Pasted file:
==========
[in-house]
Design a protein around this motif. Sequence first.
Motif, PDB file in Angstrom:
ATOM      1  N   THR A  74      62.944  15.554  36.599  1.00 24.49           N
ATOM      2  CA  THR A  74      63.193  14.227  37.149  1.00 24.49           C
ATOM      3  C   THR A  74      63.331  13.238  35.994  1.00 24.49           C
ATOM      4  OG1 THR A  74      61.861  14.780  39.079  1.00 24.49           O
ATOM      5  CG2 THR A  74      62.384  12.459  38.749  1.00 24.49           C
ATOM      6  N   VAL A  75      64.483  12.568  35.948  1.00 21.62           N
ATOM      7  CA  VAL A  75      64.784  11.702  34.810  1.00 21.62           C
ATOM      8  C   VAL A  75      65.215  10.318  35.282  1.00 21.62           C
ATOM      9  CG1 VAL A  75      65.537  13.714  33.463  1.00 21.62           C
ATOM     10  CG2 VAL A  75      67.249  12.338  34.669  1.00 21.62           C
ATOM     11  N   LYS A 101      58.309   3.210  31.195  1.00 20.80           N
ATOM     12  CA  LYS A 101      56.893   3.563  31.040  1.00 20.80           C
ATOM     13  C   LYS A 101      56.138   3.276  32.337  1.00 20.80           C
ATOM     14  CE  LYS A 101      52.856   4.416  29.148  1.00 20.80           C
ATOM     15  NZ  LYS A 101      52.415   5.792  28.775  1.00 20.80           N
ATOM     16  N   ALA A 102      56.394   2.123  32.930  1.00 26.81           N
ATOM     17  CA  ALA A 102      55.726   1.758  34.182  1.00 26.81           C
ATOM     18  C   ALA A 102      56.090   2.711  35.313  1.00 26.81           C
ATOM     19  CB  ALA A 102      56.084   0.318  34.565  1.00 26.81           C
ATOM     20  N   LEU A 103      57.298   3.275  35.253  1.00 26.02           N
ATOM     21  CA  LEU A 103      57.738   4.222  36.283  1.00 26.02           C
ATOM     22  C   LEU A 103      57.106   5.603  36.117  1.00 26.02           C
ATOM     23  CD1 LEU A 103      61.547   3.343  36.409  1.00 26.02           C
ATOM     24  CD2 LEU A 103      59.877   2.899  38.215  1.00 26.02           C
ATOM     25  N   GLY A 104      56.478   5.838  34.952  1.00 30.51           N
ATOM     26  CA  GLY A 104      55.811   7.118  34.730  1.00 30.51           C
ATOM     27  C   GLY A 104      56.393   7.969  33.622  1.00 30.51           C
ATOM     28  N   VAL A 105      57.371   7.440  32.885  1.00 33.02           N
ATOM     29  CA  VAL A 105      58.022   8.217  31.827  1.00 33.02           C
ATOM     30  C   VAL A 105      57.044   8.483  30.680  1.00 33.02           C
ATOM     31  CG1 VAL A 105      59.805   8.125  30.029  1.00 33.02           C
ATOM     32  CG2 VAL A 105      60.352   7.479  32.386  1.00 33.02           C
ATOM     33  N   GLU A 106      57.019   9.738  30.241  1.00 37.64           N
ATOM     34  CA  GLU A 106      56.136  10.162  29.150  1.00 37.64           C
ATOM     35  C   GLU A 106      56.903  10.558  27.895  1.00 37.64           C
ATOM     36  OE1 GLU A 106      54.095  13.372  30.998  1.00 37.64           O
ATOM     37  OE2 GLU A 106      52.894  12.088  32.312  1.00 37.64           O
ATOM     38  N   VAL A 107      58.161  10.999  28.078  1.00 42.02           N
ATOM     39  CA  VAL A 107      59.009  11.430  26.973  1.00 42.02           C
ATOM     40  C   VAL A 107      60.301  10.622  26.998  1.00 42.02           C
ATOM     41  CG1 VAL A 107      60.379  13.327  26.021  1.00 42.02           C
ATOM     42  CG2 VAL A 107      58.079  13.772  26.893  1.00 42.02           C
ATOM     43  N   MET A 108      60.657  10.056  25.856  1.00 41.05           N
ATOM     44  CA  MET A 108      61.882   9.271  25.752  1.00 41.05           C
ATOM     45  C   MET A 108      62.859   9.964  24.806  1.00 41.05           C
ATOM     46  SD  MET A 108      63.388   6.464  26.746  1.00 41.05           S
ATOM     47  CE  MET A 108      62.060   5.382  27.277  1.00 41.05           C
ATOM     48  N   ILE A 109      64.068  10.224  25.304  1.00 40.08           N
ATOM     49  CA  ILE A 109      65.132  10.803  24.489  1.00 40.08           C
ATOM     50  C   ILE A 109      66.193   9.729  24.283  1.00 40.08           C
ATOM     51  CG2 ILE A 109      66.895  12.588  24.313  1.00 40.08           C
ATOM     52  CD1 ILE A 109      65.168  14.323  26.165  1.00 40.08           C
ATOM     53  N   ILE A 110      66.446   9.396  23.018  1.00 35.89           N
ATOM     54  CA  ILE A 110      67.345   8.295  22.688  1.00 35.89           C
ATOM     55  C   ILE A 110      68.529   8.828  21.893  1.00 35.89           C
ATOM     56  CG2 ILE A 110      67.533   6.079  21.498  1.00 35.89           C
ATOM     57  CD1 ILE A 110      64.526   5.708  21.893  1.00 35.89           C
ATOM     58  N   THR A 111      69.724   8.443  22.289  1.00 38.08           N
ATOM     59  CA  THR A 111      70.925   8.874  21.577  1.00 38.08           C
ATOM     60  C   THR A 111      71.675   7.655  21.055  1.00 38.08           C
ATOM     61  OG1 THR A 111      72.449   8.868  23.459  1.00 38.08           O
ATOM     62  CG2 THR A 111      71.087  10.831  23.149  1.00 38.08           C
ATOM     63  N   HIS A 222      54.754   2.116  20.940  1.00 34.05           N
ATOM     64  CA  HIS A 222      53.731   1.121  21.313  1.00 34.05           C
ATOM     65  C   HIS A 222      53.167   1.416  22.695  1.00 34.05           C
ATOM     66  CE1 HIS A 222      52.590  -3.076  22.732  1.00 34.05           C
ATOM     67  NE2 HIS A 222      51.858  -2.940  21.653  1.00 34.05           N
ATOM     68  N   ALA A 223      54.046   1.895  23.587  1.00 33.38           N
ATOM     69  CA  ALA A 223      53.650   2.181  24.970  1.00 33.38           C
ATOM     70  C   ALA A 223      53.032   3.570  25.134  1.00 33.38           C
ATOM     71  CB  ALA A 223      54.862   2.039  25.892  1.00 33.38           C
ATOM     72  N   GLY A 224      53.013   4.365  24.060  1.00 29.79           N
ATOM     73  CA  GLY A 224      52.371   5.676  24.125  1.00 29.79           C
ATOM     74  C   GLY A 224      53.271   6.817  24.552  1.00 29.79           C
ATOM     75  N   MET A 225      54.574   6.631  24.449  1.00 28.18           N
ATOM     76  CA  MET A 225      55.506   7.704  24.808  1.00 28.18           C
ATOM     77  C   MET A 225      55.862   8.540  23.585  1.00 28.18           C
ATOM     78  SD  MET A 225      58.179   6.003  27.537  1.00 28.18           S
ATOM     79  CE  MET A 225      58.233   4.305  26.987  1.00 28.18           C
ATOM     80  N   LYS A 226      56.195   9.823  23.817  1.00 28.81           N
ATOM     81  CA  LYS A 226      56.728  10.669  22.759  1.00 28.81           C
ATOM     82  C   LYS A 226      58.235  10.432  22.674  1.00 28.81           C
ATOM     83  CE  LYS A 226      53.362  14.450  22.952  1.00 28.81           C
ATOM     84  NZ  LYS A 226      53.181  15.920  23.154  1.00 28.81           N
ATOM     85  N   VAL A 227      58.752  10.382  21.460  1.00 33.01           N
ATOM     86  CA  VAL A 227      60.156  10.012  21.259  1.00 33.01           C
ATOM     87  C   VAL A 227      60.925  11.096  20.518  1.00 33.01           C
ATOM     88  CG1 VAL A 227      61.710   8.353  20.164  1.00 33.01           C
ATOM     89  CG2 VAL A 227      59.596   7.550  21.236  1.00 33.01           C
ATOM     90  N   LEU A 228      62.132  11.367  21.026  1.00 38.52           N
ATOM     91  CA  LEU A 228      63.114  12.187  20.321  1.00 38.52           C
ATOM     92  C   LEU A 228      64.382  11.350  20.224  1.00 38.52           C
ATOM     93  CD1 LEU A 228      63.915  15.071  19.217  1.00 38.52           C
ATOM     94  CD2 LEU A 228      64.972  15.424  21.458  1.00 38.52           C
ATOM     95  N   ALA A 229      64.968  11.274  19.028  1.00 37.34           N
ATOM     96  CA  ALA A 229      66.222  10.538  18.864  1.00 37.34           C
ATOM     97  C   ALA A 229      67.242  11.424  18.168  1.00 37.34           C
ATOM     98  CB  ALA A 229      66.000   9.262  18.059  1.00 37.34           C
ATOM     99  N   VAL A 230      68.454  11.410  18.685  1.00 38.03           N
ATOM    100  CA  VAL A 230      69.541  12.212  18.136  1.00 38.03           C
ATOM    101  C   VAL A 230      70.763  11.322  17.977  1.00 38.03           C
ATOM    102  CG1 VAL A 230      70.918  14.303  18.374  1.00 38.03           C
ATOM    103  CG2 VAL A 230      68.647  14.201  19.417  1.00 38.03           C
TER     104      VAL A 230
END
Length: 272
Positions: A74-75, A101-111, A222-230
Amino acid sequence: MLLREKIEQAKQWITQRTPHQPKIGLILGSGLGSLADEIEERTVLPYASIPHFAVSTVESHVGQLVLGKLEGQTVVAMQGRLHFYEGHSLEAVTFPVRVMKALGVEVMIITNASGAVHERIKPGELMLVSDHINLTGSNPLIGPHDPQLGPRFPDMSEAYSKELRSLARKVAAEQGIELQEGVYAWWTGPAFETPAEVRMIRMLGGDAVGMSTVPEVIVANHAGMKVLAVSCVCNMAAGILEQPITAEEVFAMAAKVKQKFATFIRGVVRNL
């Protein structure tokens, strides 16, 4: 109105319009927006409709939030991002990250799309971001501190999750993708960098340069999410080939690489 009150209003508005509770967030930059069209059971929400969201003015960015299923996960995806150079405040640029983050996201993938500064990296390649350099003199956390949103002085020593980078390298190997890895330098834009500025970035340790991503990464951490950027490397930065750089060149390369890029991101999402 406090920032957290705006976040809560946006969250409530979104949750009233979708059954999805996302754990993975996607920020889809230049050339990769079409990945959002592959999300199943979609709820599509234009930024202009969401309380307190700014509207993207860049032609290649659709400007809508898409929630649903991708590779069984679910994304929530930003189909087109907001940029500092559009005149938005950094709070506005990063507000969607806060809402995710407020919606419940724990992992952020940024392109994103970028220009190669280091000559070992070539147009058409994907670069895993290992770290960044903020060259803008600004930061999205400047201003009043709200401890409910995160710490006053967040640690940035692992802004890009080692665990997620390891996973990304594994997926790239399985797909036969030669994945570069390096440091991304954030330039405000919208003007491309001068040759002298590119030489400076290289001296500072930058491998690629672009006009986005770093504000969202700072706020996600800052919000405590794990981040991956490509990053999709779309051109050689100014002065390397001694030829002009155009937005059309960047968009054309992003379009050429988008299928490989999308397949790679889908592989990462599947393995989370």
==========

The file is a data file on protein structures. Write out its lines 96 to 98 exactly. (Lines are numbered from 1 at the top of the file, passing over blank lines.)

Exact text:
ATOM     93  CD1 LEU A 228      63.915  15.071  19.217  1.00 38.52           C
ATOM     94  CD2 LEU A 228      64.972  15.424  21.458  1.00 38.52           C
ATOM     95  N   ALA A 229      64.968  11.274  19.028  1.00 37.34           N